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Photo: Getty Images/iStockphoto, License: N/A, Created: 50 48 49 55 58 48 51 58 50 52 32 49 51 58 49 56 58 48 50 0

by Dave Taylor

Why is McDonald’s more successful than Burger King or Wendy’s? Their food isn’t any better; their prices are about the same. Yet McDonald’s sales in 2018 dwarfed those of its rivals with more than $20-billion compared to about $1.6 billion for both Wendy’s and BK. A $20 billion enterprise is certainly complicated, but a key reason for Mickie D’s success starts with their training programs.

Franchise companies like McDonald’s know that their success is only as good as what is delivered by each of its franchisees. McDonald’s has 13,000 franchises in the U.S. alone and another 17,000 in the rest of the world. So McDonald’s long ago started Hamburger University, where its new and existing franchisees receive extensive training on how to run their businesses—everything from order taking to burger flipping to running a smooth drive-thru.

At the store level, McDonald’s has training programs that are designed to train relatively unskilled workers—many of them teens in their first job—to execute the Golden Arches way and deliver an experience for the customer that is quick, pleasant and consistent from one location to the next.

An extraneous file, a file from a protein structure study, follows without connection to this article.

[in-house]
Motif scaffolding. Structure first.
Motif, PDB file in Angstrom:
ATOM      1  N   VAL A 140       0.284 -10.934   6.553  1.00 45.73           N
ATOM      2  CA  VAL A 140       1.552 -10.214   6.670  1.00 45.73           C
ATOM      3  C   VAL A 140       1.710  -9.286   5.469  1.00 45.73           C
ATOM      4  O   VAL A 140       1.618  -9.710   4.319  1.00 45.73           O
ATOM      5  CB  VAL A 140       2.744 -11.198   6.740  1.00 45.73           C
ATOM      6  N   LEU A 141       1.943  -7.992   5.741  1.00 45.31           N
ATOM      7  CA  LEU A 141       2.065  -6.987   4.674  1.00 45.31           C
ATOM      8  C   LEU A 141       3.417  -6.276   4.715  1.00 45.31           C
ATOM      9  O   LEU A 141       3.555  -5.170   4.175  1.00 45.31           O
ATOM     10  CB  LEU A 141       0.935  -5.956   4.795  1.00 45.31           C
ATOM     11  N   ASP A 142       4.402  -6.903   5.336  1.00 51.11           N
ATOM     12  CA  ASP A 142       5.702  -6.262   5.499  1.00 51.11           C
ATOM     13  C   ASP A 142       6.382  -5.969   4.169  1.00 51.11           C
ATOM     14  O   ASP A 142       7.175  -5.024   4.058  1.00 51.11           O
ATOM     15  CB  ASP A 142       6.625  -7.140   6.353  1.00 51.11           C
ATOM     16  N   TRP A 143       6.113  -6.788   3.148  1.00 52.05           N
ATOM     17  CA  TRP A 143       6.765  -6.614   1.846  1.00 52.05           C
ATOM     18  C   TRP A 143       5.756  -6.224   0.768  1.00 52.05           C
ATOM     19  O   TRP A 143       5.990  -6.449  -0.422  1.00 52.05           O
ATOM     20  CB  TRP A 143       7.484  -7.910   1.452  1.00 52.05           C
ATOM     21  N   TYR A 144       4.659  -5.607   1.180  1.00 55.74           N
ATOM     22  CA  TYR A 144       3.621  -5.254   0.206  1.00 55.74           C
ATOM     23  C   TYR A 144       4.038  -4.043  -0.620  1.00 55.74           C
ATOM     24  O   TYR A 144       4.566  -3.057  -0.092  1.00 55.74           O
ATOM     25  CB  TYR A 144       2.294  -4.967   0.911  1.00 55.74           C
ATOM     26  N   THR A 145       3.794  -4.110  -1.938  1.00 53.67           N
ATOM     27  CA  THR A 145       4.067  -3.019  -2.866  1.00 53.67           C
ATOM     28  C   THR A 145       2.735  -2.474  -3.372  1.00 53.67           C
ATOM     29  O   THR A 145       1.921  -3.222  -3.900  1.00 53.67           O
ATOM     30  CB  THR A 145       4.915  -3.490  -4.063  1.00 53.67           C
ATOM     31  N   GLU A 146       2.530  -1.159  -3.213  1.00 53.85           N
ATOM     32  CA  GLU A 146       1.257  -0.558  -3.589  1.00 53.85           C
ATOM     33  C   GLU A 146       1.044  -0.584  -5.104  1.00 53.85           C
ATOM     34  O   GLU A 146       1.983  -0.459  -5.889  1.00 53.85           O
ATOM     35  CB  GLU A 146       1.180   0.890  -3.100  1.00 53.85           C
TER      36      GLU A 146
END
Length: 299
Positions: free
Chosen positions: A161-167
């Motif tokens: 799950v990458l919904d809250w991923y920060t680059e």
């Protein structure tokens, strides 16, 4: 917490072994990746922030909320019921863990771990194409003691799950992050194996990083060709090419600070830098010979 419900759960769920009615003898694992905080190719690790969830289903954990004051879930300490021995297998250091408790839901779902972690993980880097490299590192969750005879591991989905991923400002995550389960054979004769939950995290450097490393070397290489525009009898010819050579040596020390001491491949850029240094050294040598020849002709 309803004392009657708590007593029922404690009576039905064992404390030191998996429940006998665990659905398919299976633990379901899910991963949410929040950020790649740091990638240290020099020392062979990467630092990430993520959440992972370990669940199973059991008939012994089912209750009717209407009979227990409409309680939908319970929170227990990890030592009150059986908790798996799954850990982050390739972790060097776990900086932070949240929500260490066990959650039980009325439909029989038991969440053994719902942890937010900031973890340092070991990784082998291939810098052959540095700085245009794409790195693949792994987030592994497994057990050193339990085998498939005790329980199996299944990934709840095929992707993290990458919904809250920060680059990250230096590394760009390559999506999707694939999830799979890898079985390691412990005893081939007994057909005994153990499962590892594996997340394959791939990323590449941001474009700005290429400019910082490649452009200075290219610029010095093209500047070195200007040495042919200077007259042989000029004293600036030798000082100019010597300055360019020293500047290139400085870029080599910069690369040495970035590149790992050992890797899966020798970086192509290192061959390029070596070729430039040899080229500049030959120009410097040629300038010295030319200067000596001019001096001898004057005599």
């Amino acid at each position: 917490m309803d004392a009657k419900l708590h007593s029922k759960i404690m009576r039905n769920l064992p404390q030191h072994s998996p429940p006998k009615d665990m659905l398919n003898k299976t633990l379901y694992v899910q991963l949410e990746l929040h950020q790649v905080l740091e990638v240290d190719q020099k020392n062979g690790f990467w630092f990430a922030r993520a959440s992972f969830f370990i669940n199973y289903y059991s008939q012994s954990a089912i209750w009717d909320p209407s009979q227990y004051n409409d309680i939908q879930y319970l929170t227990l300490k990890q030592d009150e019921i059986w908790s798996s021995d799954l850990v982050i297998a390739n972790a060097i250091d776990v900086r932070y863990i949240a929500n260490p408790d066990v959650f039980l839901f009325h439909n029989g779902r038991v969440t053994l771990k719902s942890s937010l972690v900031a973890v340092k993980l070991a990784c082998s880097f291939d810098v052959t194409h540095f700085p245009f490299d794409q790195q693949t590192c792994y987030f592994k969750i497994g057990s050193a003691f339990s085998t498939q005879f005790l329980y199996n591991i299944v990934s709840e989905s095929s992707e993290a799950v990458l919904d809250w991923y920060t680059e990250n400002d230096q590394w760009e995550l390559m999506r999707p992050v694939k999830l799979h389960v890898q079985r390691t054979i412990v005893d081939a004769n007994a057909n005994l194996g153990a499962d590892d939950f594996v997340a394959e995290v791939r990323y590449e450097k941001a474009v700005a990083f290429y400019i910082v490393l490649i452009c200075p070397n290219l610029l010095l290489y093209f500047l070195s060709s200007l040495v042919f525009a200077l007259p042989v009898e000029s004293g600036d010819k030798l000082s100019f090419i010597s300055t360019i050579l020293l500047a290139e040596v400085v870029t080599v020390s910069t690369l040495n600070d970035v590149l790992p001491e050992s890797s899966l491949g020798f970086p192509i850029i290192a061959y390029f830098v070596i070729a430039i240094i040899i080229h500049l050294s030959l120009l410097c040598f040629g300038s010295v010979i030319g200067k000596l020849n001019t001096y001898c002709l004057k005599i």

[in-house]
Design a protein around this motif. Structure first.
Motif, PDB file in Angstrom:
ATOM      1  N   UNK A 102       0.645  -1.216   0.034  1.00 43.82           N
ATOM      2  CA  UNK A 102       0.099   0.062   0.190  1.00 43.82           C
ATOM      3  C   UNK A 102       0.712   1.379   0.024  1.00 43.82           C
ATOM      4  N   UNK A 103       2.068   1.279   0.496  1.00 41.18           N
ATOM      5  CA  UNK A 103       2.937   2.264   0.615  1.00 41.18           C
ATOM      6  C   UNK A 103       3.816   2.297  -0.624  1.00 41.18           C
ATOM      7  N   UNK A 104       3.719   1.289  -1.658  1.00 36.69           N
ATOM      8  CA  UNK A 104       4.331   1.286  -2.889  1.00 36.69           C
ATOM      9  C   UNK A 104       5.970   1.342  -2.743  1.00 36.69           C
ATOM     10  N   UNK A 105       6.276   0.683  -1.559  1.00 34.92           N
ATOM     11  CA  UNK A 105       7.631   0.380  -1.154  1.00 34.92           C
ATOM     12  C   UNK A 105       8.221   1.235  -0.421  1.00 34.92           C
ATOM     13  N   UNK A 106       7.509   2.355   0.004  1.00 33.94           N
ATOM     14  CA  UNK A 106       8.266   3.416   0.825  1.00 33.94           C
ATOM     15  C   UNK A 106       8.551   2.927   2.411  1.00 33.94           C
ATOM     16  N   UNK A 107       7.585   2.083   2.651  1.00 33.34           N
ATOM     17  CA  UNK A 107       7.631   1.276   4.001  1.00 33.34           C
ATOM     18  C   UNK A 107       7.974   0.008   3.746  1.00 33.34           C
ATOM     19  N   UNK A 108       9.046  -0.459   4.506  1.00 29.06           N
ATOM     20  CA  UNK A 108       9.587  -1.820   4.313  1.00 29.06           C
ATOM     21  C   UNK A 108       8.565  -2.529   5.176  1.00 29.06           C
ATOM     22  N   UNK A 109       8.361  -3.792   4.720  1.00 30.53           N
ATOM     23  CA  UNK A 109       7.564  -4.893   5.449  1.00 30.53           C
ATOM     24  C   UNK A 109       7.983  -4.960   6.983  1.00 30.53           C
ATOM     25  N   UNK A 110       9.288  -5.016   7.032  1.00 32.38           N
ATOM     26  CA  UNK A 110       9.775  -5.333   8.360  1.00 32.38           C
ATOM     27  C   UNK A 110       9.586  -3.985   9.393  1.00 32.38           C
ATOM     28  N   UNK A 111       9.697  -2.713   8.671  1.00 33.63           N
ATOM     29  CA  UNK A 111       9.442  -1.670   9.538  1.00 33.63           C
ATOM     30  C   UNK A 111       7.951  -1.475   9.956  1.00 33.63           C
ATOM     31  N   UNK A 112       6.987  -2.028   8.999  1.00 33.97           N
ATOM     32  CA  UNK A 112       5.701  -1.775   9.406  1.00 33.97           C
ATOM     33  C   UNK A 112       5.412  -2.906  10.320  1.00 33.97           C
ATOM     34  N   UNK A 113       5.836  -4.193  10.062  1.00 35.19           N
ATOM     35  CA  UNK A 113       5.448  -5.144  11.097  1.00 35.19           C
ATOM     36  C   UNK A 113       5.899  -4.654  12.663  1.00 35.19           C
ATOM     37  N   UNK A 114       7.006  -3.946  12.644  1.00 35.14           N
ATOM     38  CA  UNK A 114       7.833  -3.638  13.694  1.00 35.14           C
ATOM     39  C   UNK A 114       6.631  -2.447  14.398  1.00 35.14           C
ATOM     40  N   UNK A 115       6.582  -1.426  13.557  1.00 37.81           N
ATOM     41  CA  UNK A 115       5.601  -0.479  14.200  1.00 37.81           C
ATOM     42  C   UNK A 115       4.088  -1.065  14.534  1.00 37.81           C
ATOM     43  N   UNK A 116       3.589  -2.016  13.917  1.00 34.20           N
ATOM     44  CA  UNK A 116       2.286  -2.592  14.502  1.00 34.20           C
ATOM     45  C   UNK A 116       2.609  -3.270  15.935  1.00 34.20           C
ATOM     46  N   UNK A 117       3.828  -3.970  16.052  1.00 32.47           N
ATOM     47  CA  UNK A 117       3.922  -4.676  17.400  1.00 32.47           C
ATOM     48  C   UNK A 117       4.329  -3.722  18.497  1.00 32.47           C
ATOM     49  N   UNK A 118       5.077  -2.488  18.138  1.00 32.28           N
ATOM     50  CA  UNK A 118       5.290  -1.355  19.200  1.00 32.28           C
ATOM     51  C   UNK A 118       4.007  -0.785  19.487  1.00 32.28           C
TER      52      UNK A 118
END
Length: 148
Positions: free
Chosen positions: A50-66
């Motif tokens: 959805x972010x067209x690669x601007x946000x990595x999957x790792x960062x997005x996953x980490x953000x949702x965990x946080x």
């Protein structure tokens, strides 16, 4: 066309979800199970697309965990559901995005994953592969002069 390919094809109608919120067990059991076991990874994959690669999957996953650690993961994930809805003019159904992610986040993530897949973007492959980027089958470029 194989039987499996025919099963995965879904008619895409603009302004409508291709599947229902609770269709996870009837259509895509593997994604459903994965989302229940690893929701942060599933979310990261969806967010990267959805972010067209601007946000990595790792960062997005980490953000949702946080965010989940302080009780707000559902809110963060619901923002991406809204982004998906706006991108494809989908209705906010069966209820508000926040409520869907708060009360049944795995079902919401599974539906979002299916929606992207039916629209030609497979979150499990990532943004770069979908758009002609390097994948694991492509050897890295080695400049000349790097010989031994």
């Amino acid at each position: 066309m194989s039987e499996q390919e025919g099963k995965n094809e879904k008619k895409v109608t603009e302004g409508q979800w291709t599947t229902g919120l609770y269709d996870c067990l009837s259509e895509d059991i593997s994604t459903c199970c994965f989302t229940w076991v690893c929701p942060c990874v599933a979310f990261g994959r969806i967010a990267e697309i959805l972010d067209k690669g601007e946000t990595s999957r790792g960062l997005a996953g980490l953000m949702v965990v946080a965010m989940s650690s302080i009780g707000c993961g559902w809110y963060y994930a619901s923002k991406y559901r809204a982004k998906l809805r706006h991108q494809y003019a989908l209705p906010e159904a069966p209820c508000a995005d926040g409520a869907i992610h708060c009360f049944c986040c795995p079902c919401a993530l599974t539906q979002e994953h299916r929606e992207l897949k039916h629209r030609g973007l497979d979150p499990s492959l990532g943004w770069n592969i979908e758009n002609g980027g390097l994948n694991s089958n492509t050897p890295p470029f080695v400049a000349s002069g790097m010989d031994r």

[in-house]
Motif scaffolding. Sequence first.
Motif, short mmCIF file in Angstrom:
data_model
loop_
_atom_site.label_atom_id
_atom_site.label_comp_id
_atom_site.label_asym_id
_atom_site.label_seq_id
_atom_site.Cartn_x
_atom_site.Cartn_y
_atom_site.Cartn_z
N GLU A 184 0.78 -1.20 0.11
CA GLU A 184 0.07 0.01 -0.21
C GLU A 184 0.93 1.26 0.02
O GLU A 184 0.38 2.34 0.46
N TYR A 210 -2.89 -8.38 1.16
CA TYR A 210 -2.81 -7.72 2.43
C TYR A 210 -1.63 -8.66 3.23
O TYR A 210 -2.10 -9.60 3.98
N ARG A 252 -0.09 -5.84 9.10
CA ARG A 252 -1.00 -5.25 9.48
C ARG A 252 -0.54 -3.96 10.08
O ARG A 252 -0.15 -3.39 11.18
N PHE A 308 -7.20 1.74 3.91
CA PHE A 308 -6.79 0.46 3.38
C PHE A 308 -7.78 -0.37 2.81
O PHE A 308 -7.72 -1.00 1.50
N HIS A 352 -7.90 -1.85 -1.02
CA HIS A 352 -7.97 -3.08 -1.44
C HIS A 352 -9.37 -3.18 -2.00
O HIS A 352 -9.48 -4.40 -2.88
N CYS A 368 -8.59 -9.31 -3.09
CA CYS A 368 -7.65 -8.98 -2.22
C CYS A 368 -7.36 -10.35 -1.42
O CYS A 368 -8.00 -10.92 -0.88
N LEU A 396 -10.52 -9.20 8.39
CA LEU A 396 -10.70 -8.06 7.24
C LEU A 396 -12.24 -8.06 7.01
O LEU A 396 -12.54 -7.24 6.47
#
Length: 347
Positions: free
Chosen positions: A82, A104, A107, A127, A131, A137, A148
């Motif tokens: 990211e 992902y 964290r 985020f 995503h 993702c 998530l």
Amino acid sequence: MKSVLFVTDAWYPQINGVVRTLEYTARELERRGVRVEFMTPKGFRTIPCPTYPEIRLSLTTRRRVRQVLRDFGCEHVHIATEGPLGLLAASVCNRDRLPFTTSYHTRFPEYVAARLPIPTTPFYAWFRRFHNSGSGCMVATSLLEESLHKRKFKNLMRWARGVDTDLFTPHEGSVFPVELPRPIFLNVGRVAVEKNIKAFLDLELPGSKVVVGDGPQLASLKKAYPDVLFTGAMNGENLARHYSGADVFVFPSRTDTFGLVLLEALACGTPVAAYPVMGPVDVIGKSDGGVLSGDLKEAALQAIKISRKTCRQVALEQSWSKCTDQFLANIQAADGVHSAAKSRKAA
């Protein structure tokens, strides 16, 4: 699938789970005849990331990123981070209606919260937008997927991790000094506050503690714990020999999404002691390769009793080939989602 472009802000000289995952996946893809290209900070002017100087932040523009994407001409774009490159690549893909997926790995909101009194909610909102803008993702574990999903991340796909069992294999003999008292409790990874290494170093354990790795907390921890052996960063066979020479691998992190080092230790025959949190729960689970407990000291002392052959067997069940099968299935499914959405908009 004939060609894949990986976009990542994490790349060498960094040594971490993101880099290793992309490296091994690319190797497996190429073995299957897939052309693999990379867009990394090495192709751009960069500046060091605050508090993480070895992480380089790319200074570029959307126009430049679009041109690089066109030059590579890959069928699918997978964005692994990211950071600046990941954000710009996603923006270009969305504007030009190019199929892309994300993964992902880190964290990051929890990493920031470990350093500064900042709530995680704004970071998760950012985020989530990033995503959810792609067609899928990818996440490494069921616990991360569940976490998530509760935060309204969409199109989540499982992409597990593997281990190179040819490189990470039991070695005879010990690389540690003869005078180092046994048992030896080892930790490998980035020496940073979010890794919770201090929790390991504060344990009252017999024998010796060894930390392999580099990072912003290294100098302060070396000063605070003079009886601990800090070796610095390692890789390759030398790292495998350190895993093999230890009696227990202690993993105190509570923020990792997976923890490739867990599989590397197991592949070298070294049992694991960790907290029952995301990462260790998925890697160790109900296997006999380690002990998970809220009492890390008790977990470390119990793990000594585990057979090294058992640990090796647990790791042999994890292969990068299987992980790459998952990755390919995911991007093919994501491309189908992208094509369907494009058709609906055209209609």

Disney was one of the first companies to recognize the extent of what a brand experience could be. Long ago they saw there was far more to visiting one of their theme parks than just the thrill of the rides. They examined every aspect of the customer experience from signage at the parking lots to the placement of their trashcans. They even reinvented waiting in line with entertaining distractions that build anticipation as their patrons funnel their way toward the ride.

Between attractions, parades pop up spontaneously, actors in full character engage visitors and live events take place every few minutes. Disney has become so good at crafting their brand experience that they created the Disney Institute to train other companies on methods to apply to their own businesses. They focus on teaching leadership, engagement and service skills—each one important to running a business, but equally crucial for creating a great experience for the customer.

Starbucks has more than once closed all its stores to conduct remedial training when they felt that they had lost focus. In one case, it was about how to sharpen their customer service experiences. They retrained their baristas to handle one order at a time and maintain the full process that goes into creating the perfect latte, cappuccino or macchiato. Last year, Starbucks shut down again and held racial bias training for all its employees after an incident at one of its locations.

Many brands make claims that their customer experience is superior, but far fewer follow through with continual training and attention to the details of their service the way McDonald’s, Disney and Starbucks do. Each has taken a different approach—Mickie D’s is all about consistency, time after time and store after store. Disney is masterful at multi-faceted experiences that are fun and fulfilling and can last for days. Starbucks is adept at making each customer feel personally tended to and not part of an assembly line of coffee cups.

While many other elements make these brands successful, their constant attention to training and their excellent brand experiences have helped make them leaders in their industries for decades.